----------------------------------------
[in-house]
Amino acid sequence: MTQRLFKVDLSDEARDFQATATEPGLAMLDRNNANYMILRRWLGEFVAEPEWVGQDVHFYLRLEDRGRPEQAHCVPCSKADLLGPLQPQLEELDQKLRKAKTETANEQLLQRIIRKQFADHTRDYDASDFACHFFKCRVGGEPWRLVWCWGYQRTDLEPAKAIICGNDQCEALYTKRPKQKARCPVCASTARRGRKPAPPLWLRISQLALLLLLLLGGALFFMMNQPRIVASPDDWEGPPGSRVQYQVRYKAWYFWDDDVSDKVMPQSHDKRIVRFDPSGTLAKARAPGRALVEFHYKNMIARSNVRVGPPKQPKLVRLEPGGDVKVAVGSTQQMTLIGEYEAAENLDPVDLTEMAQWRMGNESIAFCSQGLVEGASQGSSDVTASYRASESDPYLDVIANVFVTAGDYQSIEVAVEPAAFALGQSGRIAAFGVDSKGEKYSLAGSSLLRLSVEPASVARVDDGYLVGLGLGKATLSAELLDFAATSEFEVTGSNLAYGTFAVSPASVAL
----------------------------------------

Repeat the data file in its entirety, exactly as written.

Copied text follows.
[in-house]
Amino acid sequence: MTQRLFKVDLSDEARDFQATATEPGLAMLDRNNANYMILRRWLGEFVAEPEWVGQDVHFYLRLEDRGRPEQAHCVPCSKADLLGPLQPQLEELDQKLRKAKTETANEQLLQRIIRKQFADHTRDYDASDFACHFFKCRVGGEPWRLVWCWGYQRTDLEPAKAIICGNDQCEALYTKRPKQKARCPVCASTARRGRKPAPPLWLRISQLALLLLLLLGGALFFMMNQPRIVASPDDWEGPPGSRVQYQVRYKAWYFWDDDVSDKVMPQSHDKRIVRFDPSGTLAKARAPGRALVEFHYKNMIARSNVRVGPPKQPKLVRLEPGGDVKVAVGSTQQMTLIGEYEAAENLDPVDLTEMAQWRMGNESIAFCSQGLVEGASQGSSDVTASYRASESDPYLDVIANVFVTAGDYQSIEVAVEPAAFALGQSGRIAAFGVDSKGEKYSLAGSSLLRLSVEPASVARVDDGYLVGLGLGKATLSAELLDFAATSEFEVTGSNLAYGTFAVSPASVAL